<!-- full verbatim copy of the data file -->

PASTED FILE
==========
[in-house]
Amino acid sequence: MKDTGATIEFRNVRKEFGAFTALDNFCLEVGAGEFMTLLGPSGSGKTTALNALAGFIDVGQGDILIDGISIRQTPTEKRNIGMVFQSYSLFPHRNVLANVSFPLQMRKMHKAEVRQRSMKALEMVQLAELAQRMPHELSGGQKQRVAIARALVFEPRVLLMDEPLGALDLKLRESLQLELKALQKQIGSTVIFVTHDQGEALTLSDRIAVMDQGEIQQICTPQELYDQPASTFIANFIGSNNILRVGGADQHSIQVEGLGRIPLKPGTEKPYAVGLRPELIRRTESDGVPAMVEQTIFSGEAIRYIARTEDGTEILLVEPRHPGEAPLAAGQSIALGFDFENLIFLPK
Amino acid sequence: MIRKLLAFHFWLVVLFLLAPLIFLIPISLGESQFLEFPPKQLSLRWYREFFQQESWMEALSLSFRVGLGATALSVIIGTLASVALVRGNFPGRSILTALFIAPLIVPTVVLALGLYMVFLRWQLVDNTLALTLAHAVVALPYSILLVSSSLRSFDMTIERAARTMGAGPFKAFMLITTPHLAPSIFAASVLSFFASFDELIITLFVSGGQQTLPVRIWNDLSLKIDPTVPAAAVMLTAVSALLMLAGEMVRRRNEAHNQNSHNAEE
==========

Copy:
[in-house]
Amino acid sequence: MKDTGATIEFRNVRKEFGAFTALDNFCLEVGAGEFMTLLGPSGSGKTTALNALAGFIDVGQGDILIDGISIRQTPTEKRNIGMVFQSYSLFPHRNVLANVSFPLQMRKMHKAEVRQRSMKALEMVQLAELAQRMPHELSGGQKQRVAIARALVFEPRVLLMDEPLGALDLKLRESLQLELKALQKQIGSTVIFVTHDQGEALTLSDRIAVMDQGEIQQICTPQELYDQPASTFIANFIGSNNILRVGGADQHSIQVEGLGRIPLKPGTEKPYAVGLRPELIRRTESDGVPAMVEQTIFSGEAIRYIARTEDGTEILLVEPRHPGEAPLAAGQSIALGFDFENLIFLPK
Amino acid sequence: MIRKLLAFHFWLVVLFLLAPLIFLIPISLGESQFLEFPPKQLSLRWYREFFQQESWMEALSLSFRVGLGATALSVIIGTLASVALVRGNFPGRSILTALFIAPLIVPTVVLALGLYMVFLRWQLVDNTLALTLAHAVVALPYSILLVSSSLRSFDMTIERAARTMGAGPFKAFMLITTPHLAPSIFAASVLSFFASFDELIITLFVSGGQQTLPVRIWNDLSLKIDPTVPAAAVMLTAVSALLMLAGEMVRRRNEAHNQNSHNAEE